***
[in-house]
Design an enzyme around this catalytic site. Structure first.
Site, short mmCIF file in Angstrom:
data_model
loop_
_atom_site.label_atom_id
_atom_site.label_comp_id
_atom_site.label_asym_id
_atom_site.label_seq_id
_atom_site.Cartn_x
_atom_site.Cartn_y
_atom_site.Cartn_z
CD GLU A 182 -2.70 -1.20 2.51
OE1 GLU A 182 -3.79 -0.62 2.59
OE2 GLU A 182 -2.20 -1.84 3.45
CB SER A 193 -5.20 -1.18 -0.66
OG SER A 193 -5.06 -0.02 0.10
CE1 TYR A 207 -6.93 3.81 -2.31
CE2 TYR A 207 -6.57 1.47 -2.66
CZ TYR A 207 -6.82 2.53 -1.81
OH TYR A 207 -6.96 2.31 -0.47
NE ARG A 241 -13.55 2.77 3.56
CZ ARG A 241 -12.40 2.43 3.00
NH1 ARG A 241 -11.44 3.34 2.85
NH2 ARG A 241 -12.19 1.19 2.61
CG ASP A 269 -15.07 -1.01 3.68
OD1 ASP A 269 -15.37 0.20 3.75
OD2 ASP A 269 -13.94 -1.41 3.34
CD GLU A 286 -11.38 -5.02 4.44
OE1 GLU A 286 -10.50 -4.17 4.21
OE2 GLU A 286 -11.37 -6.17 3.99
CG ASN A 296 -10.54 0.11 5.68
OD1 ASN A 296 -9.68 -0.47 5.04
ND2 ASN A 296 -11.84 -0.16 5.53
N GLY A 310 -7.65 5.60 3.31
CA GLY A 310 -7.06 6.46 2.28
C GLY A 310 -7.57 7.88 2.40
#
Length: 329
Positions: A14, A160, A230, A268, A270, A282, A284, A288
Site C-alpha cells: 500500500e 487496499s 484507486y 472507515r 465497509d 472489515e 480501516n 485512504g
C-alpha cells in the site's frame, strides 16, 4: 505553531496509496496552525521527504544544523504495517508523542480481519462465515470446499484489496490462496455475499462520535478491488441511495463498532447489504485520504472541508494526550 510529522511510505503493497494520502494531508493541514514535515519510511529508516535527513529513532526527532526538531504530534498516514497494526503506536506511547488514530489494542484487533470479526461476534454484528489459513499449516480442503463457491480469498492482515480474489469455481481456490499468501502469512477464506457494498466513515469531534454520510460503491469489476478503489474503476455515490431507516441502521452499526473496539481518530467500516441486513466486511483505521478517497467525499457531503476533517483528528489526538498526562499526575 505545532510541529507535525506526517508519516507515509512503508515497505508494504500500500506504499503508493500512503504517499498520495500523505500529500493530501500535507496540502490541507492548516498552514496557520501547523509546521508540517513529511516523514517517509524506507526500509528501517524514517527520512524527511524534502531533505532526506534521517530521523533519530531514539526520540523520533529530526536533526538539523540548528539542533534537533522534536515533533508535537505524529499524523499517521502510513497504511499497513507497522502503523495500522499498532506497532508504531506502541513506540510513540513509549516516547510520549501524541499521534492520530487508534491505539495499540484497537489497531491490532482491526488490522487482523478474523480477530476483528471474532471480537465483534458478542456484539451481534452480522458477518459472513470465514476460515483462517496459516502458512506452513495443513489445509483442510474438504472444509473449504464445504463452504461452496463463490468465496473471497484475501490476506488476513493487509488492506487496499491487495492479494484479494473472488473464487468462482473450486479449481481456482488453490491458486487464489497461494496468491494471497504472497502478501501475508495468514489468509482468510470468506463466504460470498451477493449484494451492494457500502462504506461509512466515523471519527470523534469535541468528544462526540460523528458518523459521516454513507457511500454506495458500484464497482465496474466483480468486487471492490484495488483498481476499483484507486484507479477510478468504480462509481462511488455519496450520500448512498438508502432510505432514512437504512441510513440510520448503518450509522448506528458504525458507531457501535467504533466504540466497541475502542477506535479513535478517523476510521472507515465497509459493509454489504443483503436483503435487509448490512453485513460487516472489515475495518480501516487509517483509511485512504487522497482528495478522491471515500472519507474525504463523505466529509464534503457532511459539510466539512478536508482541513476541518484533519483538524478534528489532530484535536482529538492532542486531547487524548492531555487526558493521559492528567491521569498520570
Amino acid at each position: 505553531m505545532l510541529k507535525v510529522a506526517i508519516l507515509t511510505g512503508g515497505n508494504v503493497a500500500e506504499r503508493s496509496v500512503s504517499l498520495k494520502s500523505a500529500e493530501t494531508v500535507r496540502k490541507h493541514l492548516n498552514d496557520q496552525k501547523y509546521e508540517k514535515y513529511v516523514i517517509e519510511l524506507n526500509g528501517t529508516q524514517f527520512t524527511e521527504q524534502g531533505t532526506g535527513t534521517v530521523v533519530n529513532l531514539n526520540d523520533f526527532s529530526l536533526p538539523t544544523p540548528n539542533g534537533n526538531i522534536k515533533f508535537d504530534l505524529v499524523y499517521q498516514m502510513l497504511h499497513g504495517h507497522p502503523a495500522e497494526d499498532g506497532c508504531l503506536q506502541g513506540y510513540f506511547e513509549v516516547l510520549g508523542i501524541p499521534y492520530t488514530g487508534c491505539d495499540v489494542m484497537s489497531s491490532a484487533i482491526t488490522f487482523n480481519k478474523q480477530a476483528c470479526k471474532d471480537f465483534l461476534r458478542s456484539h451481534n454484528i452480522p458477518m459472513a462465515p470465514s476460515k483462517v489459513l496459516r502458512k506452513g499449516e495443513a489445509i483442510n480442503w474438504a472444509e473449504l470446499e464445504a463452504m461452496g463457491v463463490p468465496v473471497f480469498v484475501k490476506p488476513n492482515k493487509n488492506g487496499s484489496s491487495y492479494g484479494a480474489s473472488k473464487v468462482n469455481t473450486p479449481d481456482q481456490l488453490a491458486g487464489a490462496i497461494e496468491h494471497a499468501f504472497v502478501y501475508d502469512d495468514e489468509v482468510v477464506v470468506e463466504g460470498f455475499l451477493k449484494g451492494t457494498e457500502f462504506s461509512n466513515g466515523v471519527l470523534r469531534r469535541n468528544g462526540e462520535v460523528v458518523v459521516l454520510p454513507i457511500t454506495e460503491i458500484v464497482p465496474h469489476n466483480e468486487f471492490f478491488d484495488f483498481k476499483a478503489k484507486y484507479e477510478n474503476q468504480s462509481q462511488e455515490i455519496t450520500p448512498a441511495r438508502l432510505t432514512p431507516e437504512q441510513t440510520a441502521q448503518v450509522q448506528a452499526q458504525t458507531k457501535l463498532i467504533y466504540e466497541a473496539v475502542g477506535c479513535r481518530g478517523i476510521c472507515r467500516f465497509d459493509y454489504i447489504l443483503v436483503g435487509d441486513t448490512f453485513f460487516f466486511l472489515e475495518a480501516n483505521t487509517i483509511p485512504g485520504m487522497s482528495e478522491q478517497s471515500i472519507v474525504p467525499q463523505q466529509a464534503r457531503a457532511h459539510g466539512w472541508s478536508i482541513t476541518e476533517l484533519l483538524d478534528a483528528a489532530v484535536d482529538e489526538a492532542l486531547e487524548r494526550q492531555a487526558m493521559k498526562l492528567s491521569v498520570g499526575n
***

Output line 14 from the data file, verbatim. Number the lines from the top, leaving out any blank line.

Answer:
OE1 GLU A 182 -3.79 -0.62 2.59